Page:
Let's take some time to talk about Halloween. By now I am sure most of you have heard of it, however, do you know much about it outside of the movies and shows that you watch. After all, that is how this holiday has gained so much of its popularity. The scary movies, the candy, costumes, and all our spookiness. Do you know where it truly came from though?
First off, Halloween wasn't always called Halloween, it was called Samhain meaning Summer's End. It was a Gaelic festival, celebrated over 2,000 years ago. What all happened during the original festivals is a bit blurred however some traditions still take place like, carving pumpkins, dressing up and bobbing for apples. Bobbing for apples started when the Romans conquered the Celtic countries and they combined their holidays with the locals. One was the honoring of Pomona the goddess of fruit. She started to be represented by the apple, so bobbing for apples came into the holiday.
Now the Gaelic festival was filled with the belief that at the summer end's and the eve of their new year (yes their new year started on Nov. 1st) because the harvesting of crops and the dying of plants due to winter they believed that death was ever so present. The lines between the living and dead were blurred. Gaelic priests believed the most magic was on that night as did the priestesses (which are now called witches) However because the lines were blurred and the dead could come back to the land of the living, they believed bad spirits could cross over too. So they would disguise themselves in costumes and carve gourds to ward off evil spirits (today it is pumpkins and just for fun, not many know why it is done)
During this time the Catholic church was rising. They had a day on May 13th that they called "All Saint's Day" however Pope Gregory III moved the date to Nov 1st because the countries they conquered refused to give up their culture so he believed if he combined them it would be easier for the natives to convert. So Oct. 31st "All Hallow's Eve" Nov. 1st "All Saint's Day" and yes one more from Roman times Nov.2nd "All Soul's Day" (which was being celebrated in England still)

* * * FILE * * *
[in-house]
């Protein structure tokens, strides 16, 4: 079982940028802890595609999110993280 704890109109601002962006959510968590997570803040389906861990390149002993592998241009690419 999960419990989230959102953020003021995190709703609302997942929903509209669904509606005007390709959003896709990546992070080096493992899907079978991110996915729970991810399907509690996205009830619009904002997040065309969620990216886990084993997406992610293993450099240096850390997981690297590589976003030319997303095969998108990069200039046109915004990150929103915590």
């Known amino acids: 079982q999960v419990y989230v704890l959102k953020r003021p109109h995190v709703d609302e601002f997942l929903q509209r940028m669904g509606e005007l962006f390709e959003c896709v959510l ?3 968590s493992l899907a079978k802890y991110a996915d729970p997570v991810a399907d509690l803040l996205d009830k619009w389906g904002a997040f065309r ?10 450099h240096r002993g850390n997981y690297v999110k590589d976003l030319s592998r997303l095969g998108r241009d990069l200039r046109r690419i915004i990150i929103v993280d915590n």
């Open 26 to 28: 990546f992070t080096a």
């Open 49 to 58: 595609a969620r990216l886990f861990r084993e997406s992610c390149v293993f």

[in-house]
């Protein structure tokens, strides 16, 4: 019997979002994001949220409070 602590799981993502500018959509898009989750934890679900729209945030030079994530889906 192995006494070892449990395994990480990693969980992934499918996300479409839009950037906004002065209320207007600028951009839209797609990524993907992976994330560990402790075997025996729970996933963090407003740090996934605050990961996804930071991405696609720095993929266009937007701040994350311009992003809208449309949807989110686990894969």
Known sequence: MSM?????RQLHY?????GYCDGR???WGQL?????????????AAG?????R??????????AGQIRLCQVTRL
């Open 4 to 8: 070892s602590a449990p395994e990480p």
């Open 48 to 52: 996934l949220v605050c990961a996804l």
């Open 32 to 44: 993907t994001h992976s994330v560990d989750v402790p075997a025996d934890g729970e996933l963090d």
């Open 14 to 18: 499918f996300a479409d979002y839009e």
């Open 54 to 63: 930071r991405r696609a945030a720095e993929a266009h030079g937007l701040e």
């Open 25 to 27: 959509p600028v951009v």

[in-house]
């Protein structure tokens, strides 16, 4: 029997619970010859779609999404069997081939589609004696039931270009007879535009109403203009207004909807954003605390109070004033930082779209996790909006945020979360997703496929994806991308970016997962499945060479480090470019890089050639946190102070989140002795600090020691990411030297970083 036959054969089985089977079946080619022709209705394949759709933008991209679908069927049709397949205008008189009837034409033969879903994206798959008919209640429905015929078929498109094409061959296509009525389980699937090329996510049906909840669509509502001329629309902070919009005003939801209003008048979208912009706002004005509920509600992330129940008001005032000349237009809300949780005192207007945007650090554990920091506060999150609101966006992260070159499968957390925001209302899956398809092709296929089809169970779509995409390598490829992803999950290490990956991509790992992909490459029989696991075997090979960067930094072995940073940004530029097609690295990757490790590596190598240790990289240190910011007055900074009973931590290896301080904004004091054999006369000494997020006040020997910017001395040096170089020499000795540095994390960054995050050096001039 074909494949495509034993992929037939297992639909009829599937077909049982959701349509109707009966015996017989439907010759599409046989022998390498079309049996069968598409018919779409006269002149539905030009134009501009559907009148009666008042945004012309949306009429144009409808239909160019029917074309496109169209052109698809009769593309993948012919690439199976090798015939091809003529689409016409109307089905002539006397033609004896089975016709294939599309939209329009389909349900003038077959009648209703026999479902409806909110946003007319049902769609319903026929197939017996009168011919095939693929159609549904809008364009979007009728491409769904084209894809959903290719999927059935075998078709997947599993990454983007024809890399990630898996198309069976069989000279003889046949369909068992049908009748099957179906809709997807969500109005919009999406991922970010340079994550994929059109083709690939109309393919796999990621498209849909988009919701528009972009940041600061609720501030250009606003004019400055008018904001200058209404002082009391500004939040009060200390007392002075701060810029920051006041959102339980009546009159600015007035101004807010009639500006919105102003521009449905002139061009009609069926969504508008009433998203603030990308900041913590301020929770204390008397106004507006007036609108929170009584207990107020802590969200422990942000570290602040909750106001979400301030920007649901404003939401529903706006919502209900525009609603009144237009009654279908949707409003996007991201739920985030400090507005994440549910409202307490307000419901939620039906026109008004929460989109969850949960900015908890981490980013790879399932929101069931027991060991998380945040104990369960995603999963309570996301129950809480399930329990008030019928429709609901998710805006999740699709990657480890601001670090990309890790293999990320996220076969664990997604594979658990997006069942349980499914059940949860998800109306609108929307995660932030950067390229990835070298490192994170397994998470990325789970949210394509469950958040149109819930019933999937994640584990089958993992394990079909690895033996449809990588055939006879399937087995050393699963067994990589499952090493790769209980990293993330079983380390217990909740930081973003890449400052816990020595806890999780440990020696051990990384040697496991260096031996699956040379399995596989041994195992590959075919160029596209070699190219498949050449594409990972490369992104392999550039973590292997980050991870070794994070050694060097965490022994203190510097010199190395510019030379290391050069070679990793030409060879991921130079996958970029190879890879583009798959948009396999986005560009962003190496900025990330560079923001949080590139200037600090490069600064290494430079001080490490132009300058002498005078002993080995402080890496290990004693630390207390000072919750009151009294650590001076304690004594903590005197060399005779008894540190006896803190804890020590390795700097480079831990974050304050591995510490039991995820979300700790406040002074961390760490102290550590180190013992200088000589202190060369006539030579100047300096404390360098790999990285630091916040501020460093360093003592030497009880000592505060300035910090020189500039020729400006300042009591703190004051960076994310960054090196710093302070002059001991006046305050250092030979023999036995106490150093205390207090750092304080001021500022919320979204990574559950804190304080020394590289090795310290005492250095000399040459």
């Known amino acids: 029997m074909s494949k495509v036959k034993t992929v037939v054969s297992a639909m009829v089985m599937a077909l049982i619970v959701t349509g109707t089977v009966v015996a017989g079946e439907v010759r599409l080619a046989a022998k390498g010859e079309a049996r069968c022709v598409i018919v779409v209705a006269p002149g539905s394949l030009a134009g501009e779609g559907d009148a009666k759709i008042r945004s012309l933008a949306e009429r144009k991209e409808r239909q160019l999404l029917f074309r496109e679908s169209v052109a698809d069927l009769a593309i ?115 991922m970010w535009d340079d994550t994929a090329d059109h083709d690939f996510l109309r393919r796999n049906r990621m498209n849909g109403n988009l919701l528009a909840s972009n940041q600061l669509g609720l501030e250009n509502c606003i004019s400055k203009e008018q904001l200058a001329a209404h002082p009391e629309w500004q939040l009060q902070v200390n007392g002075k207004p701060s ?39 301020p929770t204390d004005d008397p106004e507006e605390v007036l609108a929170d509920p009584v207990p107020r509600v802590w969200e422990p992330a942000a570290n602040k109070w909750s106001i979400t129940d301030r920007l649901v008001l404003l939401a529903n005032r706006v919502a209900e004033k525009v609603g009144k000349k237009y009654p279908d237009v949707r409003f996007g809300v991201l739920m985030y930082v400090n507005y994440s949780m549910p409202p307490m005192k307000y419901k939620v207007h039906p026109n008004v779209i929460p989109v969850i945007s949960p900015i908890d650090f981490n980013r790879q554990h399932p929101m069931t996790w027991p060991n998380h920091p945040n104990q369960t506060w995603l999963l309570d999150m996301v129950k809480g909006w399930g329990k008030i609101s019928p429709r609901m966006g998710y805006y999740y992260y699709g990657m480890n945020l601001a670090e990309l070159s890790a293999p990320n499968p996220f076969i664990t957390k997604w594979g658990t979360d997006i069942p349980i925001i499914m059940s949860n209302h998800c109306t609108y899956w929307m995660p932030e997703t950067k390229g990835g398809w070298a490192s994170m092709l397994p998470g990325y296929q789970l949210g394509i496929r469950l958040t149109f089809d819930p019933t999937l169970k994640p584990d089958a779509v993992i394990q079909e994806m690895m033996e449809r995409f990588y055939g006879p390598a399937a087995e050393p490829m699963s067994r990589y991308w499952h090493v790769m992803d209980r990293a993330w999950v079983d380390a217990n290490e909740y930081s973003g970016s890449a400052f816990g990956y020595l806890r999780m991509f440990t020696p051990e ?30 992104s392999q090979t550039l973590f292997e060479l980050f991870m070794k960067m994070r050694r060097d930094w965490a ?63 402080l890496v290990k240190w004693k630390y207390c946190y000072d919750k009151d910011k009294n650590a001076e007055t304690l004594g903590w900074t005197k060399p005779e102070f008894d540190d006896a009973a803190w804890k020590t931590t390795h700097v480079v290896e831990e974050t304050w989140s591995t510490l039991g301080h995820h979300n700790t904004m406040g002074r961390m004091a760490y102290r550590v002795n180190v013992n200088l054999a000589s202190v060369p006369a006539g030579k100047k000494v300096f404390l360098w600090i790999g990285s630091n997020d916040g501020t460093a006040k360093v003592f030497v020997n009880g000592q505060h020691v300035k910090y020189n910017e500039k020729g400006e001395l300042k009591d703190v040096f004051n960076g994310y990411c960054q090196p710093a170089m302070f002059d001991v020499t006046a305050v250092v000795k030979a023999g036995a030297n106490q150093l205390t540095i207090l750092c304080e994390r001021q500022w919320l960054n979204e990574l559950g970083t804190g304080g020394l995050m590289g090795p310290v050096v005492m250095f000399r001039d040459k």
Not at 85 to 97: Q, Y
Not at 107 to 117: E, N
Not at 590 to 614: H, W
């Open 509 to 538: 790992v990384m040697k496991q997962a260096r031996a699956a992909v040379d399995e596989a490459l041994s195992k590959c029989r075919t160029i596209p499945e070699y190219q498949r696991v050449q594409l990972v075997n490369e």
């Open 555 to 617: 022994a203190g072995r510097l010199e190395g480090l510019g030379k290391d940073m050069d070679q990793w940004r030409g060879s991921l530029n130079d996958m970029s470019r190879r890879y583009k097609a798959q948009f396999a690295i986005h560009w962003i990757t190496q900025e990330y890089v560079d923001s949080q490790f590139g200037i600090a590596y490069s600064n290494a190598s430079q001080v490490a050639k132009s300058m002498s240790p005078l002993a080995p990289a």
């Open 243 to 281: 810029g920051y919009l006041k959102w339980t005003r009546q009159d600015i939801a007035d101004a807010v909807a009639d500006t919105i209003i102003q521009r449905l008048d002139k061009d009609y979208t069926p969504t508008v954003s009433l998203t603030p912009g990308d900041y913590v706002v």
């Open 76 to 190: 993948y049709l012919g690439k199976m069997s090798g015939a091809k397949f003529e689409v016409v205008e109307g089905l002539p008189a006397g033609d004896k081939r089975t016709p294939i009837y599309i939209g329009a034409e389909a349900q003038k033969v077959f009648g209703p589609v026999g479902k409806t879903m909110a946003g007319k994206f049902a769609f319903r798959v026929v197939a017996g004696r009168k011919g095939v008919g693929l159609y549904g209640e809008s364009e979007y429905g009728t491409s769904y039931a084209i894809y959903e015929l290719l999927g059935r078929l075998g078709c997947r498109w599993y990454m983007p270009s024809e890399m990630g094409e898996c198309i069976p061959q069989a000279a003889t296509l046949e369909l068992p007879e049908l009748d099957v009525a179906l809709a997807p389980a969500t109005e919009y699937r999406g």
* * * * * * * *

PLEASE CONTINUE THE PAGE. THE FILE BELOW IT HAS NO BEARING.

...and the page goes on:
In England, on Nov.2nd the poor would walk from door to door begging for a treat called "soul cakes" in exchange for the cake the poor would promise to pray for the families dead relatives. This tradition was moved from Nov. 2nd to Oct. 31st and is now called "Trick-or-Treating" where a child goes around the neighborhood in costume knocking on doors asking for treats. In pioneer times in the USA, the person handing out treats could demand that the child perform a "trick" to receive a treat. However nowadays that is no longer done, however, it is believed that if you deny a child a treat that they will do a prank on your house, for example throwing toilet paper in the tree in the front yard perhaps.
So now you are asking how did all this make its way to the USA? Well, a small piece of it came with the people traveling from Europe in the beginning however, the traditions were strictly frowned upon in the Puritan communities and punished. Though with traveling it started being celebrated south of Maryland. However, it was still a small celebration. Then in the 19th century, the potato famine happened in Ireland. From 1845-1852 over 1 million Irish men, women and children left Ireland, taking with them their beliefs and traditions. Samhain became All Hallow's Eve then changed to Halloween.
Communities within the USA celebrate it however removing any "spooky" elements referring to ghosts, witches or death. While other communities embrace both sides for fun. Some still celebrate the date calling it Samhain and believing that it truly is a magical day.
So tell me? Will you be dressing up this year or perhaps just carving a little gourd?
Whatever you do, have a Happy Halloween!